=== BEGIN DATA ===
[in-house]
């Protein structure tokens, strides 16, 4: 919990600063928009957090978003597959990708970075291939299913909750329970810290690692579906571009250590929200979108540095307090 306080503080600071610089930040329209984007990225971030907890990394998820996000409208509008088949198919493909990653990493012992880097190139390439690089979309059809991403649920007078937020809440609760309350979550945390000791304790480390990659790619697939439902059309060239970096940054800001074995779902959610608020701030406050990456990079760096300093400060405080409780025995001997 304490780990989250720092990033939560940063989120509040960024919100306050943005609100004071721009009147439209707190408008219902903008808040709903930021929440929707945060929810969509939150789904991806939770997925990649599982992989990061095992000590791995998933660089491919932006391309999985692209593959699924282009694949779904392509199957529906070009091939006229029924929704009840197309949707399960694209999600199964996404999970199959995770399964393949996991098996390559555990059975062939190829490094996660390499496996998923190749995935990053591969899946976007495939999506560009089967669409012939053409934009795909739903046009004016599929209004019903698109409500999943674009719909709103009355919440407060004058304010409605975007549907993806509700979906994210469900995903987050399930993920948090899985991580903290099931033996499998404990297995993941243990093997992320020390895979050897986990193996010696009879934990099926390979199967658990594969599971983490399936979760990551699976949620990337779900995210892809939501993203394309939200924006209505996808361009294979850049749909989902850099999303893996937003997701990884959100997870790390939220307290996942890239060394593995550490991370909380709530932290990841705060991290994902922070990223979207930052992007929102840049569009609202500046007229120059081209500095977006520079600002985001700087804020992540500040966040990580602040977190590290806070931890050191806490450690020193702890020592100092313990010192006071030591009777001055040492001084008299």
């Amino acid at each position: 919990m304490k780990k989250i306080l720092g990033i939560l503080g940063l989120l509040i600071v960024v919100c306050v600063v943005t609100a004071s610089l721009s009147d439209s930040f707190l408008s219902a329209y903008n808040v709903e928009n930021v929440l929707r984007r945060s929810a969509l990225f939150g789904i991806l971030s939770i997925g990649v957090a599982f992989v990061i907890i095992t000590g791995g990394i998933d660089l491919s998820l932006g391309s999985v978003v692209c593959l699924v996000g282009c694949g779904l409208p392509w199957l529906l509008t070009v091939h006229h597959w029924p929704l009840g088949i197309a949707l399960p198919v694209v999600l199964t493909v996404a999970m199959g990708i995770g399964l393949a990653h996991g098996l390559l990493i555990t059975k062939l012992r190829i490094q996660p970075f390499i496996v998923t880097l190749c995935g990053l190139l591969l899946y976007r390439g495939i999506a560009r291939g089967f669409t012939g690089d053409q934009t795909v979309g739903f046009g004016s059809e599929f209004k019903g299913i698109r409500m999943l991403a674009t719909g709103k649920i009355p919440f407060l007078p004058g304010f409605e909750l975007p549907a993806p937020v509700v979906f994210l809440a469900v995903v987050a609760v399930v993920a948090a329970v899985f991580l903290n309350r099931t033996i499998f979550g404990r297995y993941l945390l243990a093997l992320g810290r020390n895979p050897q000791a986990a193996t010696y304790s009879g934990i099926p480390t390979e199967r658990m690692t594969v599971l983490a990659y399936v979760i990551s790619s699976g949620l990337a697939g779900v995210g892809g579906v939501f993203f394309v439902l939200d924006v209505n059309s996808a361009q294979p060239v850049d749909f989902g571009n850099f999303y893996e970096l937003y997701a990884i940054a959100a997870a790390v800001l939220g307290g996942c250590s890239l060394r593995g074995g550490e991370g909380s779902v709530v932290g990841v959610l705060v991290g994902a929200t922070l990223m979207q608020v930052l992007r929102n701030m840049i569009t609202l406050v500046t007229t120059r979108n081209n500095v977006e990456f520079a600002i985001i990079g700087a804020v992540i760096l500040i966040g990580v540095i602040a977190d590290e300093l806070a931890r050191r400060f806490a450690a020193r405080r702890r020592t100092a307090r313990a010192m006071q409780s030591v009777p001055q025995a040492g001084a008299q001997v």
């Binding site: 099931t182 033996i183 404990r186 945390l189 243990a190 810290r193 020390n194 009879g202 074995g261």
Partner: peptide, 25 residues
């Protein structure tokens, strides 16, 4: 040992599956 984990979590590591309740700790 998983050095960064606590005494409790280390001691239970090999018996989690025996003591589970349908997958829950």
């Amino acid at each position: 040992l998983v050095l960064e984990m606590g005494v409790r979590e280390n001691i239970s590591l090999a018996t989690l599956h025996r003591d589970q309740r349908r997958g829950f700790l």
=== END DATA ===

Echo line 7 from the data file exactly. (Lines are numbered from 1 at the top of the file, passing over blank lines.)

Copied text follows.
């Amino acid at each position: 040992l998983v050095l960064e984990m606590g005494v409790r979590e280390n001691i239970s590591l090999a018996t989690l599956h025996r003591d589970q309740r349908r997958g829950f700790l």